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Clinical and Applied Didactic Education

Each center provides full-time and part-time teaching staff to guide the residents in the clinic, the emergency room, at the bedside and in the operating rooms. Each facility contributes uniquely to the overall training experience by providing differences in case load and intensity, which is essential to the well-balanced training experience required by contemporary oral and maxillofacial surgeons.

Medical School

Any offer of admission will be provisional pending receipt and validation of all materials requested. The submission of false or misleading information int he application materials or in connection with the application process shall be grounds for rejection. If such submission is discovered after the rendering of an offer of admission, matriculation in the school of medicine or the award of the degree, it shall be grounds for withdrawal of the acceptance offer, dismissal, or the rescission of the degree.

Upon completion of the degree requirements at the midpoint of the program's fourth year, the resident will begin a 12-month experience in general surgery designed to prepare the resident for the final years of specialty training. During the final two years of training, each resident will return to the Oral and Maxillofacial Surgery Service and assume educational and patient care assignments at the following institutions:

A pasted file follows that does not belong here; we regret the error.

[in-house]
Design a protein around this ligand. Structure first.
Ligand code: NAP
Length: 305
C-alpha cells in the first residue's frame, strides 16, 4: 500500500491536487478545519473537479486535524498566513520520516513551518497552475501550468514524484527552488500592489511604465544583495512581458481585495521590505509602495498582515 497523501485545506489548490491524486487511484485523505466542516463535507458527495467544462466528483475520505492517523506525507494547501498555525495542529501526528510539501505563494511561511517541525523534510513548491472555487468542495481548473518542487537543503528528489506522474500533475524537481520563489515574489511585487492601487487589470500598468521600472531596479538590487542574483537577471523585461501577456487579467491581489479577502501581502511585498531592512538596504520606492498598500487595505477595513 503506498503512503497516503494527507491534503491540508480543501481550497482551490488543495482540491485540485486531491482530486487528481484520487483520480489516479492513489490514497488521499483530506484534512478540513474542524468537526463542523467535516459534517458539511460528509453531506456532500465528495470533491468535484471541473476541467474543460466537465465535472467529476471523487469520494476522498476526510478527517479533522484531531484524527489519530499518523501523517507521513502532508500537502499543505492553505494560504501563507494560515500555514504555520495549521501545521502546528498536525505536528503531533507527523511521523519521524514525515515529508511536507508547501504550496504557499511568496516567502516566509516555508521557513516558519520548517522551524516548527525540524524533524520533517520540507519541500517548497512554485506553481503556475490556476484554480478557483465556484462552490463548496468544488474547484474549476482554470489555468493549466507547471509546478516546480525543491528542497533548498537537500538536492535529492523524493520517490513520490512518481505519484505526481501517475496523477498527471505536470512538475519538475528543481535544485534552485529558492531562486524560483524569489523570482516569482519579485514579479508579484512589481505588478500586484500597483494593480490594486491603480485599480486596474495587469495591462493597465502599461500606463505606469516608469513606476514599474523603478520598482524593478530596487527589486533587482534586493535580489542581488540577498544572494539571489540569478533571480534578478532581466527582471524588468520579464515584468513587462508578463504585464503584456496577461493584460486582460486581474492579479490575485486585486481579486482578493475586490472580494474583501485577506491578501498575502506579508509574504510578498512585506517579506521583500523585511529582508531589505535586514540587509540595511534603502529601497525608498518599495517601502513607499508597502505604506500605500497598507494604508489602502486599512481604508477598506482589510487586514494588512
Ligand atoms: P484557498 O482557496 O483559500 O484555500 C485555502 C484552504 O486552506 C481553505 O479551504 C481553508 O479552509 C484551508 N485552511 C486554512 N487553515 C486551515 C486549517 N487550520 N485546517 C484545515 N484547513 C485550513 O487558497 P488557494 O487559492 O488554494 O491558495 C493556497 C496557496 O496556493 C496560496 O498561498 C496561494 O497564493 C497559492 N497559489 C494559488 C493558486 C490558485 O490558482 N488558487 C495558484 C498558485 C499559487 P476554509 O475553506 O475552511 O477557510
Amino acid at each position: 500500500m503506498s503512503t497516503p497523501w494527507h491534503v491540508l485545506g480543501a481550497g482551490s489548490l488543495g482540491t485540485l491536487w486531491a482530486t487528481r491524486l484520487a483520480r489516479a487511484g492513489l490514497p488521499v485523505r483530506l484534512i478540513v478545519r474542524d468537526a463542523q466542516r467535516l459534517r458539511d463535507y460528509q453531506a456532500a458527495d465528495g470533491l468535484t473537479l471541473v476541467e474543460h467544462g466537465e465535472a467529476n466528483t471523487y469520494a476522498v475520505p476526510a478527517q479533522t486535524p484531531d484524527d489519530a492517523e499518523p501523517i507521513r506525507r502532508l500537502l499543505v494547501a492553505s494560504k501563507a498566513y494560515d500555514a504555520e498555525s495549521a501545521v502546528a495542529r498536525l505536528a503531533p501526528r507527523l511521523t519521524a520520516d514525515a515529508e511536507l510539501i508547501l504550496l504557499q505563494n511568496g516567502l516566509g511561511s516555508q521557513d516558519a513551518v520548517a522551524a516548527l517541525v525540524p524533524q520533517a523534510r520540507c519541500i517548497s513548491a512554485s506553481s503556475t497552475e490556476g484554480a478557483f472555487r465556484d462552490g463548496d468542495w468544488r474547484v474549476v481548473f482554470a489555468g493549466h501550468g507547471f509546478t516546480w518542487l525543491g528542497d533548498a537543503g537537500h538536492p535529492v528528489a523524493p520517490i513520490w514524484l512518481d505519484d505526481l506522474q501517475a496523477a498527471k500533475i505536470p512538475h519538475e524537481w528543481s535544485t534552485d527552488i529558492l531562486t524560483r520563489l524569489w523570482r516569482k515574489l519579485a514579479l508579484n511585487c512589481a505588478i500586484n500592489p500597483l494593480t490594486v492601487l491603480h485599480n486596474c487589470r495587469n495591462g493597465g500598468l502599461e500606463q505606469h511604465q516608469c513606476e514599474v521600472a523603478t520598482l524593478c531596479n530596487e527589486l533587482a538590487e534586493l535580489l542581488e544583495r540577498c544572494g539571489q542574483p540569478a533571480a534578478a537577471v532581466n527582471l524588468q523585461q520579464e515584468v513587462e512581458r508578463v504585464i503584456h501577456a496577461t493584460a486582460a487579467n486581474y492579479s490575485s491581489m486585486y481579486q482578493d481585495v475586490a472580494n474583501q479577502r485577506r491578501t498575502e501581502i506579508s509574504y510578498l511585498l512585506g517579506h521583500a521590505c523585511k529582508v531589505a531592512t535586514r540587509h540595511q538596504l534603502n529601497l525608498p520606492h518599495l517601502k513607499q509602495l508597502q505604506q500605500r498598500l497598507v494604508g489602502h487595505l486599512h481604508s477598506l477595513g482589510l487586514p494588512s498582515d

Oral and Maxillofacial Surgery

The chief and senior residents operate on all major oral and maxillofacial surgery cases and are responsible for all aspects of patient care. Senior residents assume teaching functions in relation to the oral and maxillofacial surgery first-year residents. Working with the attending staff, these residents participate in the lecture series, in the preparation of material for clinicopathological conferences and in the presentation of cases at grand rounds and staff conferences. Senior/Chief residents also participate in the teaching of pre-doctoral students at the School of Dental Medicine at Stony Brook during this rotation. During the six years, it is expected that each resident will participate in a research project and must prepare a scholarly paper annually that is suitable for publication or presentation at a national meeting.


The program has achieved success in the placement of its residents in desirable positions after the completion of training. Successful certification of our graduates by the American Board of Oral and Maxillofacial Surgeons is a hallmark of the program. An active alumni association meets yearly and provides a link between past graduates and the current program, providing educational and social interaction.

The training programs provide a graduated oral and maxillofacial surgery experience with increasing responsibilities and opportunities as residents advance through the program. The School of Medicine at the State University of New York at Stony Brook has achieved a record of educational excellence.

Applications for the six year program are jointly reviewed by the medical school and by LIJ. Successful applicants will receive advanced standing acceptance into the second year of medical school. Medical students are required to pass Step I of the National Medical Licensing Examination prior to entering the third-year medical school curriculum. The program maintains its administrative base within the Department of Dental Medicine at the Long Island Jewish Medical Center, one of the tertiary centers of the North Shore-LIJ Health System. The facilities utilized for the residents' clinical training consist primarily of the Long Island Jewish Medical Center, the adjacent Steven and Alexandra Cohen Children's Medical Center of New York, the University Hospital at Stony Brook and the Northport Veterans Affairs Medical Center.

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